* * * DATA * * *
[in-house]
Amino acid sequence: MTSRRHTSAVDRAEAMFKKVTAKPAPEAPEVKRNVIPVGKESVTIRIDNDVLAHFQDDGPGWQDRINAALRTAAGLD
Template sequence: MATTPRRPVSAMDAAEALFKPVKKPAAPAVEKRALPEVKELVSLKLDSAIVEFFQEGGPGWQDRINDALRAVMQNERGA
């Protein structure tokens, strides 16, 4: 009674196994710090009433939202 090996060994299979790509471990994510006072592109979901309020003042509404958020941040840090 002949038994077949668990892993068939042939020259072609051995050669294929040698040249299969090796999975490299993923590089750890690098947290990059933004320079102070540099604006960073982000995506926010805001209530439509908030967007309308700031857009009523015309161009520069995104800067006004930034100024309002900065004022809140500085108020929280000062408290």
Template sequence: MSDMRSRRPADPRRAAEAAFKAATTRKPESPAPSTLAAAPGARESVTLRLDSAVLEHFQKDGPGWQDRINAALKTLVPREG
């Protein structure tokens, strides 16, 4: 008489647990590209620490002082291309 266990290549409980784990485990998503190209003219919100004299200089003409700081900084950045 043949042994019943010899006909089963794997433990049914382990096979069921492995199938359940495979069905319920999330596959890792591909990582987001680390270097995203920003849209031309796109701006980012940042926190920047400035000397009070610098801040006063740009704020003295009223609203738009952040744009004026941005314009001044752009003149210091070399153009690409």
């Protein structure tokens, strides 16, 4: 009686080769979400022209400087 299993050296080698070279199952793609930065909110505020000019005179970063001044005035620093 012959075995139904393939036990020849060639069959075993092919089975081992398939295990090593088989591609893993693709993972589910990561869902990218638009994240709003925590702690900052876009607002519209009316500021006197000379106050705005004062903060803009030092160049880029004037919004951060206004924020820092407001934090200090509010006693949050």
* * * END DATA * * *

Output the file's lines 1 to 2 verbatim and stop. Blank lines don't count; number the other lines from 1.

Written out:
[in-house]
Amino acid sequence: MTSRRHTSAVDRAEAMFKKVTAKPAPEAPEVKRNVIPVGKESVTIRIDNDVLAHFQDDGPGWQDRINAALRTAAGLD